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A basic septic system will consist of a tank split in two chambers that leads to either a leech-field or leach-pit to distribute the outflow of grey-water into the soil. It is as much or even more important to maintain your septic as a cesspool.
The first chamber will catch the excessive solids as the more fine particles will seep into the second chamber, essentially preventing most of what would clog your leech-field from entering the outlet pipe.
The tank should always be filled to the top, allowing grey-water to flow through while the solids remain via the sanitary tee (which allows that separation). However; if the septic is not pumped every 3-5 years or so, problems will occur and the leech-field will no longer be efficient enough to disperse grey-water leading to plumbing overflow and back-ups.
As cesspools are beginning to fail in Hawaii, it is important to understand what is happening beneath your feet. Proper maintenance and preventative measures are key to ensuring the longevity of your cesspool.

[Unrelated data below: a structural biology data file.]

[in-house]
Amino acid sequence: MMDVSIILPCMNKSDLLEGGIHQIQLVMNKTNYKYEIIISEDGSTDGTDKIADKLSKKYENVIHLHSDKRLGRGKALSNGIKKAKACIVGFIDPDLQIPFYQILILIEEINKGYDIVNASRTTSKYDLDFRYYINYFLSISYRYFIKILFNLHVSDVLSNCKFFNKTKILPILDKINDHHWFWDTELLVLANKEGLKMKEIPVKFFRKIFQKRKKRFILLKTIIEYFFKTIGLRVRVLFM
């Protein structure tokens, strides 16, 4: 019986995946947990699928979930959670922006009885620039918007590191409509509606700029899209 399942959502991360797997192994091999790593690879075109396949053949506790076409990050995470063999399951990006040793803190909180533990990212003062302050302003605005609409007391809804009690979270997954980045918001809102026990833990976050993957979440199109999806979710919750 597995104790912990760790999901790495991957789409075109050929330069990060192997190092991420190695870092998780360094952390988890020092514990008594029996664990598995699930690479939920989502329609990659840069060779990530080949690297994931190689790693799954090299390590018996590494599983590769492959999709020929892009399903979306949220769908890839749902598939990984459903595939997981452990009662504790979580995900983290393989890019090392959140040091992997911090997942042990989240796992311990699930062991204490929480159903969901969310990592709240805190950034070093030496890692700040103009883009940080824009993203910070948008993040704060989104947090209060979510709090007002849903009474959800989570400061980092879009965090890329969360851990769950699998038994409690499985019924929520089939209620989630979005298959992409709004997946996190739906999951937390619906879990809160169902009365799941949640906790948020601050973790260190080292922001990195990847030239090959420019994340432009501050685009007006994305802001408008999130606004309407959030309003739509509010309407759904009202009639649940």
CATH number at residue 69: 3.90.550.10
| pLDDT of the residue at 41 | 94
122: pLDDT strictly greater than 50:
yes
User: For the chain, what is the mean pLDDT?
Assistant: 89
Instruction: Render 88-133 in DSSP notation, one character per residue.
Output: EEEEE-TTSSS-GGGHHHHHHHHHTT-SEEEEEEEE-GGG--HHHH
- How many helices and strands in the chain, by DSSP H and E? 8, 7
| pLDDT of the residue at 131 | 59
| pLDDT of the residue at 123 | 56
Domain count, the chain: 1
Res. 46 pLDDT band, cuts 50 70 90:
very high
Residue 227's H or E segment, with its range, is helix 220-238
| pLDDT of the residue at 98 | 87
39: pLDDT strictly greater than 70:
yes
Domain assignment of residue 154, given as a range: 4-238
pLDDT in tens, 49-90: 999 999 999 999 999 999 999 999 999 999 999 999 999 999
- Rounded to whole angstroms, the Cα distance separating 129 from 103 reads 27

As the daily usage of a household occurs, wastewater, grease, food particles and miscellaneous debris are drained into the cesspool. Eventually the waste-water level will rise and drop as the grey-water leeches into the soil and leaves behind whatever did not leech out.
As this occurs, the level at which the cesspool percolates will become clogged and the waste-water level rises until it drops less and less. When a cesspool fills completely it usually means that it is at the end or towards the end of its lifespan.
A simple understanding of what happens to your household waste really does go a long way.
Our company does its best to educate clients and leave them with an understanding of our methods and operation. Call us with any questions or concerns with your system and we'd be more than happy to trouble-shoot problems and help accommodate your situation.
Below is a breakdown of what both types of systems accomplish at a normal functionality.